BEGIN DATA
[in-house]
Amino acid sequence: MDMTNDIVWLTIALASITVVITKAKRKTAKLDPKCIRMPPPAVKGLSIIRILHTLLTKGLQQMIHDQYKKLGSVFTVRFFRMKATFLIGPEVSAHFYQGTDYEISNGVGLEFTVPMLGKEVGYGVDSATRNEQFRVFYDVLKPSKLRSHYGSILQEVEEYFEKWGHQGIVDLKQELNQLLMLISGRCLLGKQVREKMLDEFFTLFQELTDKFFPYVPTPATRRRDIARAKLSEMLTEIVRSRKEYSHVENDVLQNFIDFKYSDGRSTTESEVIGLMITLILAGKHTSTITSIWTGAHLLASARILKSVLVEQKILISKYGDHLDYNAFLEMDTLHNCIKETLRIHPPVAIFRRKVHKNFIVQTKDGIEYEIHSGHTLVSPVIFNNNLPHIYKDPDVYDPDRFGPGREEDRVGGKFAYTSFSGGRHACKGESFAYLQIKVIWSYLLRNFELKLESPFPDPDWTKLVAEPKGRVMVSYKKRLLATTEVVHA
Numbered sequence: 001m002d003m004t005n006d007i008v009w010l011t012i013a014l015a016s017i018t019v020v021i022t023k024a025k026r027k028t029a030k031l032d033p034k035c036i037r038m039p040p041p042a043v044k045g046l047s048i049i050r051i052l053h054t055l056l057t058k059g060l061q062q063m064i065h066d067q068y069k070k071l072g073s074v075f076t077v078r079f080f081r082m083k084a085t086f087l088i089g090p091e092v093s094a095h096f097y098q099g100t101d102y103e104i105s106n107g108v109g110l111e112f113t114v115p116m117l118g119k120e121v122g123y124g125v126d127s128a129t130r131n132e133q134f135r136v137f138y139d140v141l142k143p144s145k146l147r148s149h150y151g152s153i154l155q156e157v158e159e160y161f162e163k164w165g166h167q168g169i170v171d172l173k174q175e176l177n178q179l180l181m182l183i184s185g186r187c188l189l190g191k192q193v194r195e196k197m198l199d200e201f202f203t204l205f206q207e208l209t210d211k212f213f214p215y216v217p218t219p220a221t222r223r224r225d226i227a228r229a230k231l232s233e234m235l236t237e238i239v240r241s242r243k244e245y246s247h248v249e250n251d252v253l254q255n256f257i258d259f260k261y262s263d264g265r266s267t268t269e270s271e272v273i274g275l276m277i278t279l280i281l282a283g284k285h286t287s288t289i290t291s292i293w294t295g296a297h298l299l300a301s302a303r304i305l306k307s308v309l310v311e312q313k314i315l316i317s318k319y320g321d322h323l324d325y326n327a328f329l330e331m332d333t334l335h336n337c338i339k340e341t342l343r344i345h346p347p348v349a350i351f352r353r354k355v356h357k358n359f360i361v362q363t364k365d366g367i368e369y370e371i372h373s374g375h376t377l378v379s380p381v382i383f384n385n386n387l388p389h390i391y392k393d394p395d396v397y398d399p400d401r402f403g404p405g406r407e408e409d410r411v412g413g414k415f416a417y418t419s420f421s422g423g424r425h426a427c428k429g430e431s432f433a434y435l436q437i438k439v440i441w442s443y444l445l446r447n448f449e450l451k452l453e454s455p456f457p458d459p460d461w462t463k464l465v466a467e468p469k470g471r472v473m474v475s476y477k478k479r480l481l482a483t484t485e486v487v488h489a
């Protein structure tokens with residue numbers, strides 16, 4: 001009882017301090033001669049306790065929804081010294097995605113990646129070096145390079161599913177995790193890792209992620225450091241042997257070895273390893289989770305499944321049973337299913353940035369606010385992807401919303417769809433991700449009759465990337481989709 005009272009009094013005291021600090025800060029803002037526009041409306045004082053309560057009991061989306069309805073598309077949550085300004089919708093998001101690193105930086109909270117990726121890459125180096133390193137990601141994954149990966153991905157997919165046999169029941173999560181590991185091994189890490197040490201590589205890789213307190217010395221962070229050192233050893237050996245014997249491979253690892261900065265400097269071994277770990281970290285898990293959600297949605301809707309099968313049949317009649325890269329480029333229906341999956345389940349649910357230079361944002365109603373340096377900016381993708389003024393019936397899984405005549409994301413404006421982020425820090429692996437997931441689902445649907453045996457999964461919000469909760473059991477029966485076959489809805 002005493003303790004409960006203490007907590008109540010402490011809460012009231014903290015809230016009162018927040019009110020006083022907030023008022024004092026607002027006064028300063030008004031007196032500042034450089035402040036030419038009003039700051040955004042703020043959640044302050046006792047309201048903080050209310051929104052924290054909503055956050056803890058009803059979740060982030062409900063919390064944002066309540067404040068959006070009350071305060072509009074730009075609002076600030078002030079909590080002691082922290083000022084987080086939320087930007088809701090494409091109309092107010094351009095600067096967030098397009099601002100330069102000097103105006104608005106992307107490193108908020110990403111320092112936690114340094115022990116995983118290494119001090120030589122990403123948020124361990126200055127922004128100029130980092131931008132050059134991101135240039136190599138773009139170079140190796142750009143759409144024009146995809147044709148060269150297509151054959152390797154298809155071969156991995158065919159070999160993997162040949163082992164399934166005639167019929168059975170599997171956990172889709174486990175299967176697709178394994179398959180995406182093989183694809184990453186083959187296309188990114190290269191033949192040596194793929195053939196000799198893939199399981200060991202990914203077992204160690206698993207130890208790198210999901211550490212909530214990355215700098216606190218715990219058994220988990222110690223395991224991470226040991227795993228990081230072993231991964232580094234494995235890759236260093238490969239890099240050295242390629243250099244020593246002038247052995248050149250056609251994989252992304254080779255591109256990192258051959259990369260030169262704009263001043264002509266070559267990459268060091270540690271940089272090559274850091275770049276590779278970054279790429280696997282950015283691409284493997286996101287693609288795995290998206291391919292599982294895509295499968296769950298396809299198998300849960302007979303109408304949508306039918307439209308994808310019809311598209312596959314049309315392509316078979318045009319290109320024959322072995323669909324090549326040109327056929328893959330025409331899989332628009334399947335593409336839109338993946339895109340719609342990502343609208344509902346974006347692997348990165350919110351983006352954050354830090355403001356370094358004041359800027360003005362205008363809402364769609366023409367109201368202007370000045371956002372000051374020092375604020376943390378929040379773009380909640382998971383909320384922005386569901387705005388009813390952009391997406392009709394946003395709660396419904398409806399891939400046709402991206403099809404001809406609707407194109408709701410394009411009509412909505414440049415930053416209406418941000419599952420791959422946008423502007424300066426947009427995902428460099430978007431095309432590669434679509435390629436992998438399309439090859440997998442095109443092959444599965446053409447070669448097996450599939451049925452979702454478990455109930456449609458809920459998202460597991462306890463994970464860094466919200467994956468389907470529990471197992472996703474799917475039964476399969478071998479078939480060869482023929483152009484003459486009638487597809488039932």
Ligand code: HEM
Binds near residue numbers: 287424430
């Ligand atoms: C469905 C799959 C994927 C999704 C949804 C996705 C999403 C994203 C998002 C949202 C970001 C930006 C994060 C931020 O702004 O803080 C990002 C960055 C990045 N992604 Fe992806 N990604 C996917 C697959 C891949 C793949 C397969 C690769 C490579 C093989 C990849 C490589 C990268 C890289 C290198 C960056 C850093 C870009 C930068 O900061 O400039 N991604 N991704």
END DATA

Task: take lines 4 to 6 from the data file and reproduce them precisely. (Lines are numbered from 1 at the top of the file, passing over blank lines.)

């Protein structure tokens with residue numbers, strides 16, 4: 001009882017301090033001669049306790065929804081010294097995605113990646129070096145390079161599913177995790193890792209992620225450091241042997257070895273390893289989770305499944321049973337299913353940035369606010385992807401919303417769809433991700449009759465990337481989709 005009272009009094013005291021600090025800060029803002037526009041409306045004082053309560057009991061989306069309805073598309077949550085300004089919708093998001101690193105930086109909270117990726121890459125180096133390193137990601141994954149990966153991905157997919165046999169029941173999560181590991185091994189890490197040490201590589205890789213307190217010395221962070229050192233050893237050996245014997249491979253690892261900065265400097269071994277770990281970290285898990293959600297949605301809707309099968313049949317009649325890269329480029333229906341999956345389940349649910357230079361944002365109603373340096377900016381993708389003024393019936397899984405005549409994301413404006421982020425820090429692996437997931441689902445649907453045996457999964461919000469909760473059991477029966485076959489809805 002005493003303790004409960006203490007907590008109540010402490011809460012009231014903290015809230016009162018927040019009110020006083022907030023008022024004092026607002027006064028300063030008004031007196032500042034450089035402040036030419038009003039700051040955004042703020043959640044302050046006792047309201048903080050209310051929104052924290054909503055956050056803890058009803059979740060982030062409900063919390064944002066309540067404040068959006070009350071305060072509009074730009075609002076600030078002030079909590080002691082922290083000022084987080086939320087930007088809701090494409091109309092107010094351009095600067096967030098397009099601002100330069102000097103105006104608005106992307107490193108908020110990403111320092112936690114340094115022990116995983118290494119001090120030589122990403123948020124361990126200055127922004128100029130980092131931008132050059134991101135240039136190599138773009139170079140190796142750009143759409144024009146995809147044709148060269150297509151054959152390797154298809155071969156991995158065919159070999160993997162040949163082992164399934166005639167019929168059975170599997171956990172889709174486990175299967176697709178394994179398959180995406182093989183694809184990453186083959187296309188990114190290269191033949192040596194793929195053939196000799198893939199399981200060991202990914203077992204160690206698993207130890208790198210999901211550490212909530214990355215700098216606190218715990219058994220988990222110690223395991224991470226040991227795993228990081230072993231991964232580094234494995235890759236260093238490969239890099240050295242390629243250099244020593246002038247052995248050149250056609251994989252992304254080779255591109256990192258051959259990369260030169262704009263001043264002509266070559267990459268060091270540690271940089272090559274850091275770049276590779278970054279790429280696997282950015283691409284493997286996101287693609288795995290998206291391919292599982294895509295499968296769950298396809299198998300849960302007979303109408304949508306039918307439209308994808310019809311598209312596959314049309315392509316078979318045009319290109320024959322072995323669909324090549326040109327056929328893959330025409331899989332628009334399947335593409336839109338993946339895109340719609342990502343609208344509902346974006347692997348990165350919110351983006352954050354830090355403001356370094358004041359800027360003005362205008363809402364769609366023409367109201368202007370000045371956002372000051374020092375604020376943390378929040379773009380909640382998971383909320384922005386569901387705005388009813390952009391997406392009709394946003395709660396419904398409806399891939400046709402991206403099809404001809406609707407194109408709701410394009411009509412909505414440049415930053416209406418941000419599952420791959422946008423502007424300066426947009427995902428460099430978007431095309432590669434679509435390629436992998438399309439090859440997998442095109443092959444599965446053409447070669448097996450599939451049925452979702454478990455109930456449609458809920459998202460597991462306890463994970464860094466919200467994956468389907470529990471197992472996703474799917475039964476399969478071998479078939480060869482023929483152009484003459486009638487597809488039932």
Ligand code: HEM
Binds near residue numbers: 287424430